Australian Prime Minister Scott Morrison has arrived in Queenstown for a meeting with Prime Minister Jacinda Ardern, despite visiting COVID-hit Melbourne just 10 days ago.
Morrison has been vaccinated and New Zealand officials are comfortable in trusting he hasn't brought the virus with him.
Despite the cold weather on arrival, it was a much warmer welcome from Queenstown proper. The meeting in itself is quite significant - two world leaders meeting face-to-face as COVID-19 continues to spiral out of control around the world.
Morrison knows all about it with 6.5 million people locked down in Victoria, and with the bubble, every Aussie outbreak is now a scare here too.
But for Queenstown, his visit is a publicity coup.
"Pretty special for us, for a community that's been suffering, as our community has," says Queenstown Mayor Jim Boult.
Although Morrison and his posse have returned negative COVID tests, the Australian Prime Minister was in Melbourne just 10 days ago. But Boult doesn't have any concerns about that.
"I trust the health officials to ensure that's all sorted, beyond my control obviously, but I'm comfortable with it," he says.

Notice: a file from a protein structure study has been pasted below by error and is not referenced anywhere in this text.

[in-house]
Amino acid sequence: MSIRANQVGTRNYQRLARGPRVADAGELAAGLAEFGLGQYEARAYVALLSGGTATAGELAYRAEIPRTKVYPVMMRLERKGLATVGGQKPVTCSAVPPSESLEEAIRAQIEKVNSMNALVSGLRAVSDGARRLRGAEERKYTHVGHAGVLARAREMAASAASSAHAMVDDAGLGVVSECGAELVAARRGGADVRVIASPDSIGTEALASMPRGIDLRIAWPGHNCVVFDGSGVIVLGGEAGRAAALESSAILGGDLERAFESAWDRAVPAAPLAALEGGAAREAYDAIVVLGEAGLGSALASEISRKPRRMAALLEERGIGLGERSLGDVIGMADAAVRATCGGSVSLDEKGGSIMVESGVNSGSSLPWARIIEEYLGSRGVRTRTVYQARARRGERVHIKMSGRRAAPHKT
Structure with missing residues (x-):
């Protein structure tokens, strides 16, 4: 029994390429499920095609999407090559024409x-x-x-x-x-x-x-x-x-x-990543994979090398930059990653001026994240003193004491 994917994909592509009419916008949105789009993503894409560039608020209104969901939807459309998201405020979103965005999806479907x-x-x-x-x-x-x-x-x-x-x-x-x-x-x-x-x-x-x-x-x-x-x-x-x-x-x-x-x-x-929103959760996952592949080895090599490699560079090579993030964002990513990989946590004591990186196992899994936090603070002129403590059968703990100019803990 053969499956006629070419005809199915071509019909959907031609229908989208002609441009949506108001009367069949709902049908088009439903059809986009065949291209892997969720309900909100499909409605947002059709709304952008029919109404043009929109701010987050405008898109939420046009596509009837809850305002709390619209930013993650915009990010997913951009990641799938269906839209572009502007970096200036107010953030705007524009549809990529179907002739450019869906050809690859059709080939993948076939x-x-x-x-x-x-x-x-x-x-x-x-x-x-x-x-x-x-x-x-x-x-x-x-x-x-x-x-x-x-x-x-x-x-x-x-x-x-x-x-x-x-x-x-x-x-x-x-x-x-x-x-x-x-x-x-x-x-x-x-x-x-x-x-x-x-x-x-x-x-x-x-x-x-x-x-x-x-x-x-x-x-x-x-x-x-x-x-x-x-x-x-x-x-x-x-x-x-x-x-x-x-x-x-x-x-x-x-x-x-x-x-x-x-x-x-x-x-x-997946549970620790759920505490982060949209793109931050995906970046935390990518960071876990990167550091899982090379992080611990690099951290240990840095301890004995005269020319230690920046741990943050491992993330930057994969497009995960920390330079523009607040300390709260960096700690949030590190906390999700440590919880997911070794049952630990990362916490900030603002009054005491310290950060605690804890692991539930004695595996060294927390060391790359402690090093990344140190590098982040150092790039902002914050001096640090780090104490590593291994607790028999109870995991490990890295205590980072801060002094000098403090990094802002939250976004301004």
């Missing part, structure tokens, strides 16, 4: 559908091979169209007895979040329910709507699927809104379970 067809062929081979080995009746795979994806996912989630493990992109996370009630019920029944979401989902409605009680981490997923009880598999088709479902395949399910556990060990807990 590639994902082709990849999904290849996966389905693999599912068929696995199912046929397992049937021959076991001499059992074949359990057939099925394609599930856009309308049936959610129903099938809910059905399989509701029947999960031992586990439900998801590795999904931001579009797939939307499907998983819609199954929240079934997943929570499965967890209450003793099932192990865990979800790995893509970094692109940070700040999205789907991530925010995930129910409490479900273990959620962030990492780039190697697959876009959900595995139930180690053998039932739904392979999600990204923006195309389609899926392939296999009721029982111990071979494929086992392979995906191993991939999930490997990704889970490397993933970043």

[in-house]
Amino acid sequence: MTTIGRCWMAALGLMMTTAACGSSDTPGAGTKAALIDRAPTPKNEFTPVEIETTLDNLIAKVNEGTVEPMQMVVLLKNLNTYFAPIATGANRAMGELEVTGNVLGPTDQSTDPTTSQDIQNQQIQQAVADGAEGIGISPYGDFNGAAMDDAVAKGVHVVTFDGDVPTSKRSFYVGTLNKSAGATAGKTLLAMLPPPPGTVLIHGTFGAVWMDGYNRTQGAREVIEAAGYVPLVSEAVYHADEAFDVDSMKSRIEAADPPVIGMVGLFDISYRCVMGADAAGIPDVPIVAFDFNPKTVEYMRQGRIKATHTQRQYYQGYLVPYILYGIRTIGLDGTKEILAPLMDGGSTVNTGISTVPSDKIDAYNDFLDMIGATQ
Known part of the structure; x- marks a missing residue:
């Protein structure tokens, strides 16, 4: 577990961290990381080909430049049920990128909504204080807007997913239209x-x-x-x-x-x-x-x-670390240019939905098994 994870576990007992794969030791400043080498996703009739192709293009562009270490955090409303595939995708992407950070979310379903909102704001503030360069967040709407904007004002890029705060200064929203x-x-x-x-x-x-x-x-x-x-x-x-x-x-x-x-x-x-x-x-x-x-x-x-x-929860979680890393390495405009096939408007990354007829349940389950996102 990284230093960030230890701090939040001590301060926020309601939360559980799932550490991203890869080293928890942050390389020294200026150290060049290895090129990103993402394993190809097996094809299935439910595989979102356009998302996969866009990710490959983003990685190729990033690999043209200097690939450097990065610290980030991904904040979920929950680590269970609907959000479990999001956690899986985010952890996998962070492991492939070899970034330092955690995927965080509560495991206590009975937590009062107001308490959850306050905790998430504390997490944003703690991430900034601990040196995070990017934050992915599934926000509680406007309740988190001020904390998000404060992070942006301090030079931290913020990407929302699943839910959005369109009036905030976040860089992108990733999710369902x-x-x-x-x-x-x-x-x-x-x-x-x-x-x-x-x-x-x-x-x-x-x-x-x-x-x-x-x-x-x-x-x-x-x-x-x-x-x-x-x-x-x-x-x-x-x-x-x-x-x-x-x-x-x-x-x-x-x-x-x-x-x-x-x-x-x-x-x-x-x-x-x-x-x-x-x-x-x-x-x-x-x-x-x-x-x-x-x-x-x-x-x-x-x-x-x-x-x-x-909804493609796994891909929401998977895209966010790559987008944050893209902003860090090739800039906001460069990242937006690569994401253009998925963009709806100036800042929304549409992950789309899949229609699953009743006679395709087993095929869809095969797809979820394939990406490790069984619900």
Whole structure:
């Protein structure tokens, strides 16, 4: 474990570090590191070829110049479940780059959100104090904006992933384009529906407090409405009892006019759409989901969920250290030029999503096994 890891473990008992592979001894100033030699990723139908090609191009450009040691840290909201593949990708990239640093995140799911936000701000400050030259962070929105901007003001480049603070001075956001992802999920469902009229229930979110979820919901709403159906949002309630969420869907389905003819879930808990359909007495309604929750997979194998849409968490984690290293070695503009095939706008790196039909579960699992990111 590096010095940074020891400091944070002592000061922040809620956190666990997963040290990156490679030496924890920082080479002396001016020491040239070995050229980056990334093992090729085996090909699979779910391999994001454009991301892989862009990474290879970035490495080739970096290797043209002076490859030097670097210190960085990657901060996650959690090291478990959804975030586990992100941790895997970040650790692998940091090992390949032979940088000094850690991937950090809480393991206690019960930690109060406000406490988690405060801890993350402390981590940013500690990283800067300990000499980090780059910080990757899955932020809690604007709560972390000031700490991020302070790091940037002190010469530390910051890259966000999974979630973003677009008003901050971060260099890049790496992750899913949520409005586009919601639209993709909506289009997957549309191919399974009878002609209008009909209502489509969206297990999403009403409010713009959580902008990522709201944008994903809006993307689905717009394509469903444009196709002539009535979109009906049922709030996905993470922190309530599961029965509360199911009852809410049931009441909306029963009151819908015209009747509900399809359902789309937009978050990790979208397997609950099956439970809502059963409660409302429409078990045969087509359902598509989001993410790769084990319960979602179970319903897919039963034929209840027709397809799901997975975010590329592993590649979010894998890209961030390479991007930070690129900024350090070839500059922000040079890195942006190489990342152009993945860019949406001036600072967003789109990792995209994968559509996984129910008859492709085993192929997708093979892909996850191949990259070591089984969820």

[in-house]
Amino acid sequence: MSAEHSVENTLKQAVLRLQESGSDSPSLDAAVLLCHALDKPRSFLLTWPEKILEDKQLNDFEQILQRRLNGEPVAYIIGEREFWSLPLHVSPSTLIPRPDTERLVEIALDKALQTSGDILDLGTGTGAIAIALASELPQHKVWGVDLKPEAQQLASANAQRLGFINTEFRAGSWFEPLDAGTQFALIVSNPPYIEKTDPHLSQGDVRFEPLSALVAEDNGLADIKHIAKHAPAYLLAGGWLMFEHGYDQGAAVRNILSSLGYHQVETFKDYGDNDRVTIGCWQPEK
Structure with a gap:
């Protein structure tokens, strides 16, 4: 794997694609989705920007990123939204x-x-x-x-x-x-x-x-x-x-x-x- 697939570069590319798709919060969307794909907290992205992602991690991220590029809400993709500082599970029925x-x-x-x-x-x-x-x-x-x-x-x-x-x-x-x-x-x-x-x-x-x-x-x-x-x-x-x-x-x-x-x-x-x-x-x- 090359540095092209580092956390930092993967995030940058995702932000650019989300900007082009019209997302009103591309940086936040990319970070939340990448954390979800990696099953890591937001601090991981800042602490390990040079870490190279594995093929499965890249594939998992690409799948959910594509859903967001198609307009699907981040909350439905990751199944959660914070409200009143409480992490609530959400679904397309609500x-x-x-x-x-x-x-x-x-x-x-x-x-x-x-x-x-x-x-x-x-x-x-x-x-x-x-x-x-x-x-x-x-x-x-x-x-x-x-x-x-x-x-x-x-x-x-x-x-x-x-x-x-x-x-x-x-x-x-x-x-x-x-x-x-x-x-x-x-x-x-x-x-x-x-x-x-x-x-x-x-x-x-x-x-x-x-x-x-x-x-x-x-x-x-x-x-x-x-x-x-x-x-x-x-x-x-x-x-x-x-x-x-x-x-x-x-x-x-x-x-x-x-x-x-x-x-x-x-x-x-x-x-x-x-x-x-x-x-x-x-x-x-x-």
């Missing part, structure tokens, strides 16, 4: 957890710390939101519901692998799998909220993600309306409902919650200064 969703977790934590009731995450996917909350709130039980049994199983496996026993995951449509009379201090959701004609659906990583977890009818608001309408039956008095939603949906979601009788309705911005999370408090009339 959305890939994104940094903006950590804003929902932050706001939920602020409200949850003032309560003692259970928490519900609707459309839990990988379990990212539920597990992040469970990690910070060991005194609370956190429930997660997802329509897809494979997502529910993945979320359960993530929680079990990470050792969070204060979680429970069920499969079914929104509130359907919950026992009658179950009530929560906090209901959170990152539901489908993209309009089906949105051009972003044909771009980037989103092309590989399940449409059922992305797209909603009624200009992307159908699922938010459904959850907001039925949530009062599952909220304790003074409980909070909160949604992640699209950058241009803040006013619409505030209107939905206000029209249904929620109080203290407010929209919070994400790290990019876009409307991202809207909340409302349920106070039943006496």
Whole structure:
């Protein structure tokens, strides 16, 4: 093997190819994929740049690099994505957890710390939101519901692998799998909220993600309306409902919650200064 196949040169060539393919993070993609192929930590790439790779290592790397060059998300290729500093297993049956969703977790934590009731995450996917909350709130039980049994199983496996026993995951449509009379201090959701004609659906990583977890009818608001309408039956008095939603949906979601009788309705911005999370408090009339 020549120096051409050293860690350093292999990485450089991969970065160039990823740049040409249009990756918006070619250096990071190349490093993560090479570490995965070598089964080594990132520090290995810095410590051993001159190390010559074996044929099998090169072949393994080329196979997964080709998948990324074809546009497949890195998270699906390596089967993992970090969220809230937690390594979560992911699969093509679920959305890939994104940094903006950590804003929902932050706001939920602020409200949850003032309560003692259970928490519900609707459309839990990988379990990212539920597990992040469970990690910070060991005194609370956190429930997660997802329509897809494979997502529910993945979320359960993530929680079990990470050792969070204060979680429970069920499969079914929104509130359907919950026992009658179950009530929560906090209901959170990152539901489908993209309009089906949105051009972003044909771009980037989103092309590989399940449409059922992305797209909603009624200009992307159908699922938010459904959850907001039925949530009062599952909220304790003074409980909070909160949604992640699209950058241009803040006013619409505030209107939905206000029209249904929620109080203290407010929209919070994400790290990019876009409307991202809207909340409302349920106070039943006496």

Especially as the flurries of excitement grow with the early snow flurries ahead of the ski season.
"Those concerns [that Morrison and his delegation will bring COVID-19 with them] are always there, I think, with everybody," says Ross Lawrence, Remarkables Ski Area manager.
"It's great to know he's vaccinated and he's gone through all the regime to be able to come to New Zealand. I think we've gotta put a bit of trust in the system which we'll see more of over time."
With so much on offer for tourists in Queenstown, the high-profile visit isn't exactly the hottest ticket in town.
People in Queenstown Newshub spoke to didn't know who Morrison was, let alone the fact he was in New Zealand.
"I don't know Scott Morrison, sorry," one says.
"No idea who that is sorry," another adds.
For some New Zealanders, his trip is simply not worth the risk, or there's the perceived double standard since Kiwis are trapped in the Victoria lockdown.
"What makes him any more special than our own family members? If we're all about protecting ourselves. It just doesn't feel right," one person says.
There's plenty that isn't right with our trans-Tasman bestie at the moment. Like the last time Ardern and Morrison met, 501 deportees are at the front of mind.
Also on the agenda is Australia's revoking of Suhayra Aden's citizenship - the woman with alleged links to Islamic State.
There are also allegations New Zealand is cosying up to China at the expense of its relationship with Australia - concerns made abundantly clear by 60 Minutes Australia.